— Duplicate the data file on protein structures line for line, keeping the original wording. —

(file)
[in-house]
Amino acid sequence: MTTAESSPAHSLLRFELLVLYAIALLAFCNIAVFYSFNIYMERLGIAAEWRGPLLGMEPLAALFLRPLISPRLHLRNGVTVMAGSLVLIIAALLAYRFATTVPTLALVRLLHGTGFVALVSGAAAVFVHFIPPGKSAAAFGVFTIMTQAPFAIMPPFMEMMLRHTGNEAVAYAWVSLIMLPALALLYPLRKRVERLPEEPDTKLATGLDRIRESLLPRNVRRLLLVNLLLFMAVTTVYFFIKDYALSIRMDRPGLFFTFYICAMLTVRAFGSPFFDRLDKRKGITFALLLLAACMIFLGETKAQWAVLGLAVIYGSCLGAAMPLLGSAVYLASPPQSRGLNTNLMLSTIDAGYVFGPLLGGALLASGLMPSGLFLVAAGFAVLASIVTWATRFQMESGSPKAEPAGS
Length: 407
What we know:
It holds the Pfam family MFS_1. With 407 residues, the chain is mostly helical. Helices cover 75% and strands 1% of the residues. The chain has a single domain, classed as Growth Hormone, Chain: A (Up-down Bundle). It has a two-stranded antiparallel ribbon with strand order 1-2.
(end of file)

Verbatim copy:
[in-house]
Amino acid sequence: MTTAESSPAHSLLRFELLVLYAIALLAFCNIAVFYSFNIYMERLGIAAEWRGPLLGMEPLAALFLRPLISPRLHLRNGVTVMAGSLVLIIAALLAYRFATTVPTLALVRLLHGTGFVALVSGAAAVFVHFIPPGKSAAAFGVFTIMTQAPFAIMPPFMEMMLRHTGNEAVAYAWVSLIMLPALALLYPLRKRVERLPEEPDTKLATGLDRIRESLLPRNVRRLLLVNLLLFMAVTTVYFFIKDYALSIRMDRPGLFFTFYICAMLTVRAFGSPFFDRLDKRKGITFALLLLAACMIFLGETKAQWAVLGLAVIYGSCLGAAMPLLGSAVYLASPPQSRGLNTNLMLSTIDAGYVFGPLLGGALLASGLMPSGLFLVAAGFAVLASIVTWATRFQMESGSPKAEPAGS
Length: 407
What we know:
It holds the Pfam family MFS_1. With 407 residues, the chain is mostly helical. Helices cover 75% and strands 1% of the residues. The chain has a single domain, classed as Growth Hormone, Chain: A (Up-down Bundle). It has a two-stranded antiparallel ribbon with strand order 1-2.